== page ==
It's official: 2004 is year of the virus

It is officially the year of the virus, with a 21 percent increase in new viruses discovered in Australia in the first six months of 2004 compared to the last year.

Nearly 4700 completely new viruses were discovered in the wild in 2004.

However, all is not lost - Australians have quickly adopted myriad antivirus techniques and remained online, profitable and more importantly, patched.

The Sasser worm was chiefly responsible for most of the attention and accounted for more than 25 percent of all viruses reported to Sophos this year, despite the fact the worm only appeared three months ago.

The catfight between Bagle and Netsky authors resulted in six of the most destructive viruses being unleashed into the wild.

In Australia during the first six months of 2004 the W/32Sasser virus was responsible for 26.1 percent of all viruses found by Sophos. Next was Netsky-P at 21.4 percent, Netsky-B with 11 percent and Netsky-D at 6.8 percent. MyDoom-A accounted for 4.4 percent, Zafi-B 4 percent, Netsky-Z 3.1 percent, Netsky-C with 2.4 percent, Sober-C at 1.5 percent and lastly, and one of the more dated versions of Bagle, Bagle A at 1.2 percent.

According to Sean Richmond, Sophos technical services manager, the threat to users from viruses has not increased but detection has.

"Over the course of the year the curve did get a bit steeper, but has been reasonably linear since January 1996. Historically, the way things go, a 21 percent increase is reasonable growth but a lot of it is viruses that most people are unlikely to see," he said.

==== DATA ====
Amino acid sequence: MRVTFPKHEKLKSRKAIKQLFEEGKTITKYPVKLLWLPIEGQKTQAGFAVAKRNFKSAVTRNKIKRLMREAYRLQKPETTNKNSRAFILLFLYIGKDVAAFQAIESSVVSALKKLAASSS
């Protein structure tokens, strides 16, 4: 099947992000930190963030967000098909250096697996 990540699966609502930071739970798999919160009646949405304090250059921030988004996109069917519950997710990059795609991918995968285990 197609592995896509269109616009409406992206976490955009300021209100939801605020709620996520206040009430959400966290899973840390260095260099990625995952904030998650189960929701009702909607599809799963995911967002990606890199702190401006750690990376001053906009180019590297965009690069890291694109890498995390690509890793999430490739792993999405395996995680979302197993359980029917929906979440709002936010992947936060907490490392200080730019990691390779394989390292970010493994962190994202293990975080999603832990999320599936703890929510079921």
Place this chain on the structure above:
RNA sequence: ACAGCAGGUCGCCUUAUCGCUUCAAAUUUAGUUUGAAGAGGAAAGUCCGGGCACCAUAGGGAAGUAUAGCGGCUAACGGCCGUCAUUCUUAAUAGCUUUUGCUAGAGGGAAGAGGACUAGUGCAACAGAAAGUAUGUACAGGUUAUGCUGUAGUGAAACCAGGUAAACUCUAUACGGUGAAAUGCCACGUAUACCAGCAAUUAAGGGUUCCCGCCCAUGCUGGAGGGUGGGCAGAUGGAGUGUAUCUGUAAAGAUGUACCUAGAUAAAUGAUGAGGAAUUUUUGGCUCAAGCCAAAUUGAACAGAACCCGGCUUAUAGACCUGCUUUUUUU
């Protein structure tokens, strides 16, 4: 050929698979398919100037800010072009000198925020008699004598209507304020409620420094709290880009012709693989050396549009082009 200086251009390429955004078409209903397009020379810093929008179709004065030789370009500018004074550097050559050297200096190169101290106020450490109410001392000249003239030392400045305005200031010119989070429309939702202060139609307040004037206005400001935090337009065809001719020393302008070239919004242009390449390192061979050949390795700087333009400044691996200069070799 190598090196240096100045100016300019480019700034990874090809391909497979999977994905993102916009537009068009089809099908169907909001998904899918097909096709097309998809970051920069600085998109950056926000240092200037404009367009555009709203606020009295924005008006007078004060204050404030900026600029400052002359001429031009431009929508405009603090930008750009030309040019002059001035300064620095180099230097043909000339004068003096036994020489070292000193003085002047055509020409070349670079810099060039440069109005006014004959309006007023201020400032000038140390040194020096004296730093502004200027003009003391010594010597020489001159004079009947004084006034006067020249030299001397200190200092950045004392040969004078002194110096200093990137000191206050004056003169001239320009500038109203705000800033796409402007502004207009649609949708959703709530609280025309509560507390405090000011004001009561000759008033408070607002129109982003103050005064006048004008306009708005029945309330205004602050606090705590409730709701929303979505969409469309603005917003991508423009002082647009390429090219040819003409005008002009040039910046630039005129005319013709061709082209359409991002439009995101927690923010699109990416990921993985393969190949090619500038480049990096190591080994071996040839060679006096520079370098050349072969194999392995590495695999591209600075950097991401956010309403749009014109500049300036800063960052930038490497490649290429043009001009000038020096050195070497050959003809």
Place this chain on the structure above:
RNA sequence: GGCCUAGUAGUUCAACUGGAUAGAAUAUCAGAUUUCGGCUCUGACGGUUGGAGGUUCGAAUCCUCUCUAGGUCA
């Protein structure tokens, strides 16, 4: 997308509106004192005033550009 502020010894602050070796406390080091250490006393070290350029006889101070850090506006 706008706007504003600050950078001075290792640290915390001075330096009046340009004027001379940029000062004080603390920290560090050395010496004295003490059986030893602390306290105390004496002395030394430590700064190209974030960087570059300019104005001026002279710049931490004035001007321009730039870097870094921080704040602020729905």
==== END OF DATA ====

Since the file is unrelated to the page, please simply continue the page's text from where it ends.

Richmond said most increases in 2004 have been from mass-mailing Trojans, suggesting that the reason the Australian figures are so high is because the number of variants have made the detection figures quite large. However, the adoption of antivirus programs by home users and companies has kept most viruses under control.

"There does seem to be an increase in detected viruses, but the awareness and response is now proactive and part of normal business to include antivirus filtering to end users," Richmond said.

"When the Blaster virus first came out, the impact was enormous; the Sasser virus was almost a replica yet after a few days in Australia most users had things under control.

"Even if they hadn't patched they had the necessary antivirus software in place which shows that people, end users and companies are responsible, much better informed today and more importantly don't panic when they hear a virus has been released."

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